Sunken WWII-Era Landing Craft Emerges From Drying Lake Mead

The boat, which was previously submerged for decades, is the same type used in the Normandy landing during WWII.

byPeter HolderithJul 5, 2022 1:14 PM
Sunken WWII-Era Landing Craft Emerges From Drying Lake Mead
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The dropping water level of Lake Mead has brought a World War II-era landing craft above the surface of the drought-stricken reservoir this month. The landing craft, a diving spot for many years, was once 185 feet below the water's surface, according to KTLA. YouTuber The Other Me captured a video of the craft partially submerged in the lake.

According to several sources, including The Associated Press, the landing craft is a Higgins boat, the type used in the Normandy landings, among others. It was allegedly used to survey the Colorado River before being sold to the Lake Mead Marina, adjacent to the Hoover Dam. The craft is reported to have sunk sometime after it was acquired by the Marina, according to local diving company Las Vegas Scuba.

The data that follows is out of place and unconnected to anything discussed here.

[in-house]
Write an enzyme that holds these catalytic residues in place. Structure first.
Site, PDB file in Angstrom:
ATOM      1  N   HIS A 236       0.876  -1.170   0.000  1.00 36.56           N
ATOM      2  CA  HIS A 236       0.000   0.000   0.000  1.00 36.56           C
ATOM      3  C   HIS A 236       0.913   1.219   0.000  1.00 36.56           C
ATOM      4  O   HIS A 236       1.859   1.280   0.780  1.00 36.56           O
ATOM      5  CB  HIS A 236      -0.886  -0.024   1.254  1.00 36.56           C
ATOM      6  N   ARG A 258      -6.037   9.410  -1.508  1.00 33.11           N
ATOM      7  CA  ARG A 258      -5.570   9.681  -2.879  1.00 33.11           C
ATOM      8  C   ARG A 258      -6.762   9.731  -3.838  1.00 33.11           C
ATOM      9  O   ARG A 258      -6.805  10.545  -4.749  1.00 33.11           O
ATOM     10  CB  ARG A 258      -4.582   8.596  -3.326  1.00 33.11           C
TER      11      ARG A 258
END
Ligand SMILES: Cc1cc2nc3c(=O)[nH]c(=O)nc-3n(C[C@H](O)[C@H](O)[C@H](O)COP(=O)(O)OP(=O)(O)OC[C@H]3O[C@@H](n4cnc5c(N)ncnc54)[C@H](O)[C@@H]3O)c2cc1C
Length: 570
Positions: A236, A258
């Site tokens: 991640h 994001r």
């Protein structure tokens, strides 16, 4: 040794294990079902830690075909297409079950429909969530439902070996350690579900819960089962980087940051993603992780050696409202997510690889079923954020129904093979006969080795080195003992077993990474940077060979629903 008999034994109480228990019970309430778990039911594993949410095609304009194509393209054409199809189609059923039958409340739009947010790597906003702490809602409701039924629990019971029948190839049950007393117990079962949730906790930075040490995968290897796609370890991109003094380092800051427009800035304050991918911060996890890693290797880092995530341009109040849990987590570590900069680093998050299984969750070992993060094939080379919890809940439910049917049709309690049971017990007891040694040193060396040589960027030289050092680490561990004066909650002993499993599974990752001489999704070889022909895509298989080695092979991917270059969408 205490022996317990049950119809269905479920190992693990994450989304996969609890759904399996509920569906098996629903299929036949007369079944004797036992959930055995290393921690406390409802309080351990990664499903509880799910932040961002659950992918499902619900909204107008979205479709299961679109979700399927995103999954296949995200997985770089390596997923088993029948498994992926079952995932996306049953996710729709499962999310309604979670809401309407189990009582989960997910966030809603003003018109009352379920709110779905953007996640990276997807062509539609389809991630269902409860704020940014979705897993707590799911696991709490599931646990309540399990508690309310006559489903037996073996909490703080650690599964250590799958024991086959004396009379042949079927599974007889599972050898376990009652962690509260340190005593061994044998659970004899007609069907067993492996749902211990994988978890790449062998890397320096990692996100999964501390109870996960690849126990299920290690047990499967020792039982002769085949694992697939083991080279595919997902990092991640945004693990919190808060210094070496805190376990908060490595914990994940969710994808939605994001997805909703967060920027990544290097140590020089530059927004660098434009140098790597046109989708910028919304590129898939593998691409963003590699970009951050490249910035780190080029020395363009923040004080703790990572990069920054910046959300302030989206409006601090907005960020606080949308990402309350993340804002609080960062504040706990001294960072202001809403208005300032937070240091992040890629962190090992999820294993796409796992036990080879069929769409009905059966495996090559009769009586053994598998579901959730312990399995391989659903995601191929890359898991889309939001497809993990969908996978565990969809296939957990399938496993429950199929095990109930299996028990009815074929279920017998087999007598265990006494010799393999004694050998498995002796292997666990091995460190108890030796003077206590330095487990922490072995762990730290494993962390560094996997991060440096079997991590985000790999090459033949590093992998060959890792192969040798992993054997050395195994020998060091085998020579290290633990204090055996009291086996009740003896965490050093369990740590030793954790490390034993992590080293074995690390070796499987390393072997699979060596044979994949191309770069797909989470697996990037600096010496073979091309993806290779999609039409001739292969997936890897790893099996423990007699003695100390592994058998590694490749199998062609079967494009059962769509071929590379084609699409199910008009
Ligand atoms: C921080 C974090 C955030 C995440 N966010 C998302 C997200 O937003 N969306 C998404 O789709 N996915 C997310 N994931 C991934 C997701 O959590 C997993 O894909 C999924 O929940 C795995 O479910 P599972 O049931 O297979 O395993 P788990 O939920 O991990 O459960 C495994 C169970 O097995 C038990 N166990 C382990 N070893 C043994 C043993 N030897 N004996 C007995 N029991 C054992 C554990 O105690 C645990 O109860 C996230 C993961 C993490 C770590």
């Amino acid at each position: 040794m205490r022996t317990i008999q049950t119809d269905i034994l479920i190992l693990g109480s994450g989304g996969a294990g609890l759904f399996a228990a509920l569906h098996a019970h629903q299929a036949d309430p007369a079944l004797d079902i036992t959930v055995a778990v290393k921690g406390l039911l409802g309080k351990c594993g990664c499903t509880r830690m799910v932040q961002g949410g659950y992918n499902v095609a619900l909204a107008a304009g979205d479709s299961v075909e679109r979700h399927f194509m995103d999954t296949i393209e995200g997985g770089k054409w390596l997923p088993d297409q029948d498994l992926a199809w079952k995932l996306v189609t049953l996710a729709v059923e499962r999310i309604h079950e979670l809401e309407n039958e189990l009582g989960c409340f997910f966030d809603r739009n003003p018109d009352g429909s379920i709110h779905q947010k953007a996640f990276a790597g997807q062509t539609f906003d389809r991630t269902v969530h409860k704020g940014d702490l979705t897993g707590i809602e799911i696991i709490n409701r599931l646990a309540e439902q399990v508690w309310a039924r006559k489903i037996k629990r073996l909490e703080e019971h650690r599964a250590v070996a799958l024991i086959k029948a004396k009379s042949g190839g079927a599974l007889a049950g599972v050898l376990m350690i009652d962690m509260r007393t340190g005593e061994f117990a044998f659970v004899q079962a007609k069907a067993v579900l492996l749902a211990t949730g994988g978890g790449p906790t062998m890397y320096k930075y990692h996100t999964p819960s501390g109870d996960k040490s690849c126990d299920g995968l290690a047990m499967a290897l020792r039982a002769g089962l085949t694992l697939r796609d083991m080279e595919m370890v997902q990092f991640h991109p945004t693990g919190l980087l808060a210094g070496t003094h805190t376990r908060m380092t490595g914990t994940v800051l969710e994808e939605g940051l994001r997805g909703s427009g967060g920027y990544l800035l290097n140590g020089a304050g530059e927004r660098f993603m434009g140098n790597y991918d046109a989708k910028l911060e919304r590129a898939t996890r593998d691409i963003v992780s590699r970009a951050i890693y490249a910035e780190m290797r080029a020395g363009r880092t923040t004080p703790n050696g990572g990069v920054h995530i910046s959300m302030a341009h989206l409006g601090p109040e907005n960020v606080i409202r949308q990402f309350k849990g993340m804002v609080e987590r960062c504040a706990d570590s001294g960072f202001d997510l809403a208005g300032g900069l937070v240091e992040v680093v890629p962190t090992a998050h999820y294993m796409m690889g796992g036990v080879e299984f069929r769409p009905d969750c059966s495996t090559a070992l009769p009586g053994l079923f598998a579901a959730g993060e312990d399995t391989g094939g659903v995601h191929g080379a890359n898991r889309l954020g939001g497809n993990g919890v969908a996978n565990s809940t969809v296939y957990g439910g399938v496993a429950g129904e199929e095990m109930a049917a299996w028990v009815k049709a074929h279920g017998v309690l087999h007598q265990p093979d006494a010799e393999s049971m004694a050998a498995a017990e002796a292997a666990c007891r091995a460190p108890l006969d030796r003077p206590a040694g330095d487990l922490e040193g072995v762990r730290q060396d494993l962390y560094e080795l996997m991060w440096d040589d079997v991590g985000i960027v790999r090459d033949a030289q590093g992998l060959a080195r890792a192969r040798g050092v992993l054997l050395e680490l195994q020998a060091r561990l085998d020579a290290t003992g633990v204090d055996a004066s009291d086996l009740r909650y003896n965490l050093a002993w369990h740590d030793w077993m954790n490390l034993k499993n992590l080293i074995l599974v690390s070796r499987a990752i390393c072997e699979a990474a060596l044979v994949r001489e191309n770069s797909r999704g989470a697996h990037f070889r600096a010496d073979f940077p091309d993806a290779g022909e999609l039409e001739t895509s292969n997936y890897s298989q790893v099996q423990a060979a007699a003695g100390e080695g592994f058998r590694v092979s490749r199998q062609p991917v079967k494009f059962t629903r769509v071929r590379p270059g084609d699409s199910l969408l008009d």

The Higgins craft now sits mostly above the water, although it has gradually gotten closer to the lake's surface was water levels have dropped. YouTube videos from divers show that as recently as two years ago, the boat was still submerged in 60 feet of water. Worsening droughts have caused the reservoir to recede rapidly.

If the water level continues to drop, other WWII-era artifacts will bring themselves to the surface. Lake Mead's depths hide two large aircraft: a Consolidated PBY Catalina and a Boeing B-29 Super Fortress. The B-29 is largely intact and still submerged, a popular diving spot like the Higgins boat used to be. The PBY is also diveable but split into two pieces.

As of July 1, Lake Mead is currently at its lowest depth since being filled in 1937: 1,043.02 feet. If the drought continues, its surface will stabilize at 895 feet, the level of the reservoir's lowest outlet. At that point, the lake will have just 35 feet to drop before the city of Las Vegas will have to find an alternative source of drinking water.

Email the author at peter@thedrive.com